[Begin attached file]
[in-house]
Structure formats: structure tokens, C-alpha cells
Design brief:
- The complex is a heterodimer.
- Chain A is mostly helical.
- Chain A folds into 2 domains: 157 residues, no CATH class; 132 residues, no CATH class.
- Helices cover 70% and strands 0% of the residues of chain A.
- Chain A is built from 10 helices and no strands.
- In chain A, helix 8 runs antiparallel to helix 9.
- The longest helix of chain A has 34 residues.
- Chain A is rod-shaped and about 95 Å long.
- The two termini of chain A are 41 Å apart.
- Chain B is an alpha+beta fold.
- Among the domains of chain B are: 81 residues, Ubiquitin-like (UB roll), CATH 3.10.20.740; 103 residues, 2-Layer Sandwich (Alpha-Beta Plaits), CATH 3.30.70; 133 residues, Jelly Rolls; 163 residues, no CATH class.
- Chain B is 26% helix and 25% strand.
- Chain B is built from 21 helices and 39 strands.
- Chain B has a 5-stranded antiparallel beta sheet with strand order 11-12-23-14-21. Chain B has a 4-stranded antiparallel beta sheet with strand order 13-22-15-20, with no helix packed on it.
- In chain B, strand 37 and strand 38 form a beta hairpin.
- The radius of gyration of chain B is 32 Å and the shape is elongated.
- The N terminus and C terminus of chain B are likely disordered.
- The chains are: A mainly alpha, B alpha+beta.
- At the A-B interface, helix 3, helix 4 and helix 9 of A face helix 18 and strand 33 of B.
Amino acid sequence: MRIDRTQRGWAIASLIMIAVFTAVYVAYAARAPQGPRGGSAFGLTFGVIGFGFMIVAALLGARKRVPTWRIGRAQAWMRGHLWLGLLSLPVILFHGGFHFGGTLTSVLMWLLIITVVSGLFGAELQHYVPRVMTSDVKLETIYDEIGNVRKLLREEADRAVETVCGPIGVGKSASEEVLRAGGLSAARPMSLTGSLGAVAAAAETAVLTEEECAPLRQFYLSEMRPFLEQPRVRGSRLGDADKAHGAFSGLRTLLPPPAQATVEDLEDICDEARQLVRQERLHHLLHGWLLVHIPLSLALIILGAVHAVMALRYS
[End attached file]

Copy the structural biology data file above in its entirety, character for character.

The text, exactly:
[in-house]
Structure formats: structure tokens, C-alpha cells
Design brief:
- The complex is a heterodimer.
- Chain A is mostly helical.
- Chain A folds into 2 domains: 157 residues, no CATH class; 132 residues, no CATH class.
- Helices cover 70% and strands 0% of the residues of chain A.
- Chain A is built from 10 helices and no strands.
- In chain A, helix 8 runs antiparallel to helix 9.
- The longest helix of chain A has 34 residues.
- Chain A is rod-shaped and about 95 Å long.
- The two termini of chain A are 41 Å apart.
- Chain B is an alpha+beta fold.
- Among the domains of chain B are: 81 residues, Ubiquitin-like (UB roll), CATH 3.10.20.740; 103 residues, 2-Layer Sandwich (Alpha-Beta Plaits), CATH 3.30.70; 133 residues, Jelly Rolls; 163 residues, no CATH class.
- Chain B is 26% helix and 25% strand.
- Chain B is built from 21 helices and 39 strands.
- Chain B has a 5-stranded antiparallel beta sheet with strand order 11-12-23-14-21. Chain B has a 4-stranded antiparallel beta sheet with strand order 13-22-15-20, with no helix packed on it.
- In chain B, strand 37 and strand 38 form a beta hairpin.
- The radius of gyration of chain B is 32 Å and the shape is elongated.
- The N terminus and C terminus of chain B are likely disordered.
- The chains are: A mainly alpha, B alpha+beta.
- At the A-B interface, helix 3, helix 4 and helix 9 of A face helix 18 and strand 33 of B.
Amino acid sequence: MRIDRTQRGWAIASLIMIAVFTAVYVAYAARAPQGPRGGSAFGLTFGVIGFGFMIVAALLGARKRVPTWRIGRAQAWMRGHLWLGLLSLPVILFHGGFHFGGTLTSVLMWLLIITVVSGLFGAELQHYVPRVMTSDVKLETIYDEIGNVRKLLREEADRAVETVCGPIGVGKSASEEVLRAGGLSAARPMSLTGSLGAVAAAAETAVLTEEECAPLRQFYLSEMRPFLEQPRVRGSRLGDADKAHGAFSGLRTLLPPPAQATVEDLEDICDEARQLVRQERLHHLLHGWLLVHIPLSLALIILGAVHAVMALRYS